28 July 2010 Last updated at 10:15
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Why does broadband speed vary so much?
By Jane Wakefield Technology reporterThe actual speeds of UK broadband services are still falling short of those advertised Ofcom has found
If you are a night owl who enjoys surfing between the hours of 4am and 6am and are fortunate enough to live on top of a telephone exchange then you are probably very happy with your broadband speeds.
But the majority of people in the UK are not getting the broadband services they signed up for, according to a comprehensive speed report by regulator Ofcom.Continue reading the main story
The survey found that for DSL services advertised as being “up to” 20Mbps, only 2% of customers got speeds in the range of 14-20Mbps. Of the others, 32% were getting a 8-14Mbps service and 65%, 8Mbps or less.
So what are the factors that determine how slow your fast service will actually be?
With DSL services which run on the old copper wire telephone network (basically any service other than Virgin Media) the signal strength of a line is determined ultimately by physics.
“If you stand and shout at someone from 50 metres you will be heard better than from 100 metres,” said Sebastien Lahtinen, co-founder of broadband news site ThinkBroadband.
It means that one of the biggest factors for those signed up to DSL packages is how far they live from a telephone exchange.
Ofcom estimates that the average “as-the-crow-flies” distance between user and the telephone exchange in their survey was 2.4km (1.49 miles) but anyone getting out their measuring sticks be warned: the physical distance you live from the exchange does not necessarily equate to the length of your telephone line.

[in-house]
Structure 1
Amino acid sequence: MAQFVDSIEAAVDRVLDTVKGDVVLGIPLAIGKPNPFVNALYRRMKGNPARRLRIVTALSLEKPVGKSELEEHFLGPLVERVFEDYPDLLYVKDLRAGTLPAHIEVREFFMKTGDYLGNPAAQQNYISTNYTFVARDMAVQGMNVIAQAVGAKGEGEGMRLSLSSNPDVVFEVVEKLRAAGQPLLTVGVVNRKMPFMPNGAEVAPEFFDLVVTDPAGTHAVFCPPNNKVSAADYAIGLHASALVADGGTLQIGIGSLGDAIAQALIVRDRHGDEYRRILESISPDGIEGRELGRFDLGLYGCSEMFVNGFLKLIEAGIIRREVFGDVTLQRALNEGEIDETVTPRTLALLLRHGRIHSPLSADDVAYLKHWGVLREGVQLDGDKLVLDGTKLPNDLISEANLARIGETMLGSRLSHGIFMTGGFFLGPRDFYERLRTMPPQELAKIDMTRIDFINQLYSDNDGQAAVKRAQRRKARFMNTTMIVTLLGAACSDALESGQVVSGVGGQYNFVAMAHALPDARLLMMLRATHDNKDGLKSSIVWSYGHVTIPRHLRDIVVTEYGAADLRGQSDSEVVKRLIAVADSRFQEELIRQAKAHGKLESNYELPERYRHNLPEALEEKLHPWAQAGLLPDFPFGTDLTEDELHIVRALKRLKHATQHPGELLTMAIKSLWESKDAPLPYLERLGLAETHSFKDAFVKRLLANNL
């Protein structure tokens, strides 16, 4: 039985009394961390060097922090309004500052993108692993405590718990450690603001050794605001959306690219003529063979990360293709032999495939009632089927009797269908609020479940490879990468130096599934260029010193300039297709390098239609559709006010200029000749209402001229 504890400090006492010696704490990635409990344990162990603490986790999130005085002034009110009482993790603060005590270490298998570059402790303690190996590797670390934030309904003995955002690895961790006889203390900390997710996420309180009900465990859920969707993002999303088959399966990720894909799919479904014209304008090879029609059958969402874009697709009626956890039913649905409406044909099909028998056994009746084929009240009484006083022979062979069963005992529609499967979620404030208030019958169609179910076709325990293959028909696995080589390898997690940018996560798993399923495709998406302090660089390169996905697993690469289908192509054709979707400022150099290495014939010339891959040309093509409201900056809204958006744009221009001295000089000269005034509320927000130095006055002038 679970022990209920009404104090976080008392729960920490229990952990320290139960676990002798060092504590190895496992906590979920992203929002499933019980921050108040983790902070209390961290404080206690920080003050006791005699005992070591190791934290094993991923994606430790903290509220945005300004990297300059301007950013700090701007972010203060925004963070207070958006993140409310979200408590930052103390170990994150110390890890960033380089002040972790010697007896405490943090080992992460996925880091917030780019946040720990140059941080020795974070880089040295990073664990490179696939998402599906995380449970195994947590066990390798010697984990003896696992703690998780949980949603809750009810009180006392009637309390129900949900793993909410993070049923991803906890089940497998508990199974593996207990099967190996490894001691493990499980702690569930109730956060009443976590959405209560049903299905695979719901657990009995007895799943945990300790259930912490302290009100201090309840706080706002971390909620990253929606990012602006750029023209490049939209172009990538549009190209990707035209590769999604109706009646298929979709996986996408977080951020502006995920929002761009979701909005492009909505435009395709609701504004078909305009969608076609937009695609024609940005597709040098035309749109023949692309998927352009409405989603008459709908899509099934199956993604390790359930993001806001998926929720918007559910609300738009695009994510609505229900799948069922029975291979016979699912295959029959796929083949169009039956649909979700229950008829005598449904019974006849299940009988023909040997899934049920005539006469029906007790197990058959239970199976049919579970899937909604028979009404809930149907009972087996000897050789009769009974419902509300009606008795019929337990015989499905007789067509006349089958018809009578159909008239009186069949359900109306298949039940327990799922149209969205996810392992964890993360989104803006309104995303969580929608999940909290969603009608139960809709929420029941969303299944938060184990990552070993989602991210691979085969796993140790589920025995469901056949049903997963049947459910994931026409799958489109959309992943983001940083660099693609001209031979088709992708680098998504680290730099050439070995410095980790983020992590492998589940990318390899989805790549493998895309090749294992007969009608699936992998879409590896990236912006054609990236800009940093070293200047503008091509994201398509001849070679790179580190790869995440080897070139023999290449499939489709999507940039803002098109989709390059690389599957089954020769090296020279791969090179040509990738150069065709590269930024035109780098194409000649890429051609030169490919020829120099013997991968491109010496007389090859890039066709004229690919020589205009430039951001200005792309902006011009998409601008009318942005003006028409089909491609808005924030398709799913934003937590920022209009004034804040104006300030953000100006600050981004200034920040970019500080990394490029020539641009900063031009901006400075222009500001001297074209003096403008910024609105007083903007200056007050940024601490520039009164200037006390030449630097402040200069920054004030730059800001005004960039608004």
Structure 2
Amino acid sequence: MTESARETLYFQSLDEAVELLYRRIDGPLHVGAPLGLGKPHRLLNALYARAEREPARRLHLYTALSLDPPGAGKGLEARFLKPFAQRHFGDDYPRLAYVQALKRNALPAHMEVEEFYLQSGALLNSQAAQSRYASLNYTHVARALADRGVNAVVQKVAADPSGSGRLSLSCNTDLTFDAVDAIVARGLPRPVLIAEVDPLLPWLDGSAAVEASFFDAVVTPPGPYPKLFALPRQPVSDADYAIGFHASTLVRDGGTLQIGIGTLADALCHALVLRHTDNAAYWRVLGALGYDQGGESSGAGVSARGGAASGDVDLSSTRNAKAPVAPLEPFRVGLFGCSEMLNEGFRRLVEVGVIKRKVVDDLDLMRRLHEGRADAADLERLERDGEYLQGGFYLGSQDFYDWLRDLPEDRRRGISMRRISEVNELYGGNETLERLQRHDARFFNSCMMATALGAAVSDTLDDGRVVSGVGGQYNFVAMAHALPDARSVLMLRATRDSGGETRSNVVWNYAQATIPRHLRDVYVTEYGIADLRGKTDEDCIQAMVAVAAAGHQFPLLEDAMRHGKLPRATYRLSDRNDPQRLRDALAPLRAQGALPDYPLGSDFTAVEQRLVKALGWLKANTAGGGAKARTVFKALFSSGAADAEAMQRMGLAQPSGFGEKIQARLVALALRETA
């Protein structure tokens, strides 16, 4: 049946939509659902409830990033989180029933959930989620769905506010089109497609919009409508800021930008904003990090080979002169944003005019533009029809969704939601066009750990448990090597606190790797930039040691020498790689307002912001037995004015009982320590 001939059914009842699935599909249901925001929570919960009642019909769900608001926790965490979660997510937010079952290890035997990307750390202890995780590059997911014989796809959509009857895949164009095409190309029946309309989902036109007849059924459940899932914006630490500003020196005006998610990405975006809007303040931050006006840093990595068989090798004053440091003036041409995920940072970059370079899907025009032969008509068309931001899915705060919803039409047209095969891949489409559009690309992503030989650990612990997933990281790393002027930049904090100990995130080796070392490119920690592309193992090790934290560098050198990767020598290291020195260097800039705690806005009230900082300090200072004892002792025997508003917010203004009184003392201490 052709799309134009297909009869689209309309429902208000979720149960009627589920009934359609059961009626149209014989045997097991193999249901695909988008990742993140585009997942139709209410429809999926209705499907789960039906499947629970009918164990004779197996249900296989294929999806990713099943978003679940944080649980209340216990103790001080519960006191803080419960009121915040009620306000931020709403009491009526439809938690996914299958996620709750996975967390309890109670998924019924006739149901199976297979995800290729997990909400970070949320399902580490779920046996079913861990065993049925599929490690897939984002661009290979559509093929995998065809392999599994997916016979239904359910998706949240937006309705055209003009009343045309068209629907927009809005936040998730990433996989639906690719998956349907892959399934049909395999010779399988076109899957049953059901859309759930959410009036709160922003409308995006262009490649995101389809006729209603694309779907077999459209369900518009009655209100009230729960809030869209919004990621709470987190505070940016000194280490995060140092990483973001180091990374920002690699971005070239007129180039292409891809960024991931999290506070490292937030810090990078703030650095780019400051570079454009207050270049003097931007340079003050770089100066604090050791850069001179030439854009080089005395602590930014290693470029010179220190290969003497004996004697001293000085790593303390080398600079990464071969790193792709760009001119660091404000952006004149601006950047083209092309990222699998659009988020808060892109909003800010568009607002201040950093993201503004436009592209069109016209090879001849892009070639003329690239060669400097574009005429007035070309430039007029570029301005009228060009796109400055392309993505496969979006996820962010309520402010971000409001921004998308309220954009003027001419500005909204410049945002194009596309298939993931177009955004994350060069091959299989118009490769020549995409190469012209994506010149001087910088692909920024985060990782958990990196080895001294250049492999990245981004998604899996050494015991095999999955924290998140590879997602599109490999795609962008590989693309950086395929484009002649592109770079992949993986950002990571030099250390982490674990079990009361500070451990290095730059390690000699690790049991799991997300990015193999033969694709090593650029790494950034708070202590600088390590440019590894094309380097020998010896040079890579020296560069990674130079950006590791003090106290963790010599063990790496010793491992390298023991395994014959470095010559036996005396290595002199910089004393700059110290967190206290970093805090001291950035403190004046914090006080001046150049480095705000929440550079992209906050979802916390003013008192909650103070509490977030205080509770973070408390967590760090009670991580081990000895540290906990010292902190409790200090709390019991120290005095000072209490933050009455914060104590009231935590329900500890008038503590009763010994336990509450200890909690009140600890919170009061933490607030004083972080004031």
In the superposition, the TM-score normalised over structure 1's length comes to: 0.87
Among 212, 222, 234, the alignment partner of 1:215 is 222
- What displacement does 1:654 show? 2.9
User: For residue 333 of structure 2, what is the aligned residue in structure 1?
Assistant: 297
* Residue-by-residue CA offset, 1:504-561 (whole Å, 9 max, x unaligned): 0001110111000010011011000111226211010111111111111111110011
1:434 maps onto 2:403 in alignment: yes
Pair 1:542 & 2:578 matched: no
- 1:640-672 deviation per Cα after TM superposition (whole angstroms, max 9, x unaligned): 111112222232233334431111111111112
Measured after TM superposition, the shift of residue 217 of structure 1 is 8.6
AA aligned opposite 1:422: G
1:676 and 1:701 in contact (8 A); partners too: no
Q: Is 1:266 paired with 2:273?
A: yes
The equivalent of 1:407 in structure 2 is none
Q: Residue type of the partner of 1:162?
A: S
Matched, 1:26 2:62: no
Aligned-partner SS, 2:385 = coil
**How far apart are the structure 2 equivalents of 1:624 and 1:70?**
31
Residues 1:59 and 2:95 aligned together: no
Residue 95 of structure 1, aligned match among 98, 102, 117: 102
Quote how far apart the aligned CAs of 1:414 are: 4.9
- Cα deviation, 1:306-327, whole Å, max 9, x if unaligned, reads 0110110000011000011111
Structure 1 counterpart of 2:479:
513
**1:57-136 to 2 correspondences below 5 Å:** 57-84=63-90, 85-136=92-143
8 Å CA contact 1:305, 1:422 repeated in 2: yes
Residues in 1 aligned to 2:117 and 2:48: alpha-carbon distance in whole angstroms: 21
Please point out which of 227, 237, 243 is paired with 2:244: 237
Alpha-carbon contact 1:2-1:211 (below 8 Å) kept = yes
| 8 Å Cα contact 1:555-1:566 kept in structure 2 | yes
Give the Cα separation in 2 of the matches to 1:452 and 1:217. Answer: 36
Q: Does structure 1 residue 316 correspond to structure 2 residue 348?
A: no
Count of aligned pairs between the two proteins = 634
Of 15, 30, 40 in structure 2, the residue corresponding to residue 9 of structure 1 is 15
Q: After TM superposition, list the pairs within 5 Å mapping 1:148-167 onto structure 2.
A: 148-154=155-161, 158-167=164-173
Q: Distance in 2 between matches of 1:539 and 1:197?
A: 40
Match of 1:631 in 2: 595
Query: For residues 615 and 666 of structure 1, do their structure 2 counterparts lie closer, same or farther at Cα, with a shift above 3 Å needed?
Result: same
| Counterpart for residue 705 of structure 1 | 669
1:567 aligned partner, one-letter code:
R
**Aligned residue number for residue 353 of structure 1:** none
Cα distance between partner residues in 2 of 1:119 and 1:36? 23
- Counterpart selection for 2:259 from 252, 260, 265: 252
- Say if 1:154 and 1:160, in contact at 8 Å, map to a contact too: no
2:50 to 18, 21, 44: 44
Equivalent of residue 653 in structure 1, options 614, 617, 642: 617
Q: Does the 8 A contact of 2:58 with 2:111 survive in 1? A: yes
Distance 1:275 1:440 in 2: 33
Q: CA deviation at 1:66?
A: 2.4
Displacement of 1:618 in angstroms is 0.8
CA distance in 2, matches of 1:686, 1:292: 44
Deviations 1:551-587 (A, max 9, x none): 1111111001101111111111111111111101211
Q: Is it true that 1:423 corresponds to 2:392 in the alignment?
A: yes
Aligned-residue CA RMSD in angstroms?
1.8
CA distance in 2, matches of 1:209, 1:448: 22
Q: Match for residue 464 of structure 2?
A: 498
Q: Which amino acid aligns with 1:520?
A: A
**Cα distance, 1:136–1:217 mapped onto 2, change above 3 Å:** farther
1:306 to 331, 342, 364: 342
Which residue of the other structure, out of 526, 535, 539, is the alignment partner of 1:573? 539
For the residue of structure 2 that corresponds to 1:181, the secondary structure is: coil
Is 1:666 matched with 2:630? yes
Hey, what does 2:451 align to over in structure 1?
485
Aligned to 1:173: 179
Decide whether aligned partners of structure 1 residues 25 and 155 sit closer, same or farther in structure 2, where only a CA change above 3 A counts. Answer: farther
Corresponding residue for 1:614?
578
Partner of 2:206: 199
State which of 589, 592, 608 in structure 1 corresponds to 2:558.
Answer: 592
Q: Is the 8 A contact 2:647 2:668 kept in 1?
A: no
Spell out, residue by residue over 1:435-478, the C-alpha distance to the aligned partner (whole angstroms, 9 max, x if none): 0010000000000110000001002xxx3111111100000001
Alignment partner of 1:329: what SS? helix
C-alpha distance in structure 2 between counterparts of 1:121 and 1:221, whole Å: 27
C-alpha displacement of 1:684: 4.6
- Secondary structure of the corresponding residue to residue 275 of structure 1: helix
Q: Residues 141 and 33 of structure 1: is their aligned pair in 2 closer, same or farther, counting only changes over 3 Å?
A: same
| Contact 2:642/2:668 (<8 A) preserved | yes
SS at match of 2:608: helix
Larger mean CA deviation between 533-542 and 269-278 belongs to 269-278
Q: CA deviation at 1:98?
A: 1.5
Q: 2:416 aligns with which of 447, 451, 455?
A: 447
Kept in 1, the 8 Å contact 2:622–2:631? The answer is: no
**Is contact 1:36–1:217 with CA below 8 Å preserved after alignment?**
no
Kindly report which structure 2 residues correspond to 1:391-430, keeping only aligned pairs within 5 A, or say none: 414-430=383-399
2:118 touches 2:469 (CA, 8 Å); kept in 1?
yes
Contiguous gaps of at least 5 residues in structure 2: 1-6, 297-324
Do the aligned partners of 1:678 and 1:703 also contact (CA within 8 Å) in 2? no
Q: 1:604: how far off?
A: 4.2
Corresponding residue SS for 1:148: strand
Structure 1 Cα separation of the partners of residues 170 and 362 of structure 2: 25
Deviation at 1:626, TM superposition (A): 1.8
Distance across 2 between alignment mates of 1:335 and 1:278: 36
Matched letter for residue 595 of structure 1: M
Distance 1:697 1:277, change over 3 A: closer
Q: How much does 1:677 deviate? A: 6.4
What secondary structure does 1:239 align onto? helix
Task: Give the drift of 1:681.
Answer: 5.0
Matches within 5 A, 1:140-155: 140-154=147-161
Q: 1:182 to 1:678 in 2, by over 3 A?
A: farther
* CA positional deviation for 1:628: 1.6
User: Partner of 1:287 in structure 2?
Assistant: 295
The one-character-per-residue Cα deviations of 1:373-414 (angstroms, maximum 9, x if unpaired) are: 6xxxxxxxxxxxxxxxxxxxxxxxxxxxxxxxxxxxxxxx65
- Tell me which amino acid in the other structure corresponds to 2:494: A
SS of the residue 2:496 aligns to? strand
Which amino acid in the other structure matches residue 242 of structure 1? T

“Telephone wires don’t necessarily follow the obvious path and line distance may be significantly longer,” said Mr Lahtinen.
So for instance in the Isle of Dogs, where a straight line from homes to exchange is 3km (1.8 miles), the line distance is actually 7km (4.3 miles).
Another factor determining how fast your broadband speed will be is the time of day you surf. At peak times of the day there will be more people using the service which will make it slower for everyone.
For customers of Virgin Media’s cable service, this rush-hour network congestion is the biggest factor.
“Differences between actual and advertised speeds on cable is almost entirely due to congestion because the cable that goes down the street is shared by everyone on it,” said Ian Fogg, a senior analyst with research firm Forrester.
According to Ofcom, actual speeds at peak times for those using Virgin’s 20Mbps service tended to be closer to 15.7Mbps.
At peak time someone using its 50Mbps service may see speeds fall to around 35Mbps. By contrast those able to stay awake until 4am will enjoy speeds close to the maximum – at 45Mbps.
For DSL providers, congestion is also an issue with some providers performing better than others.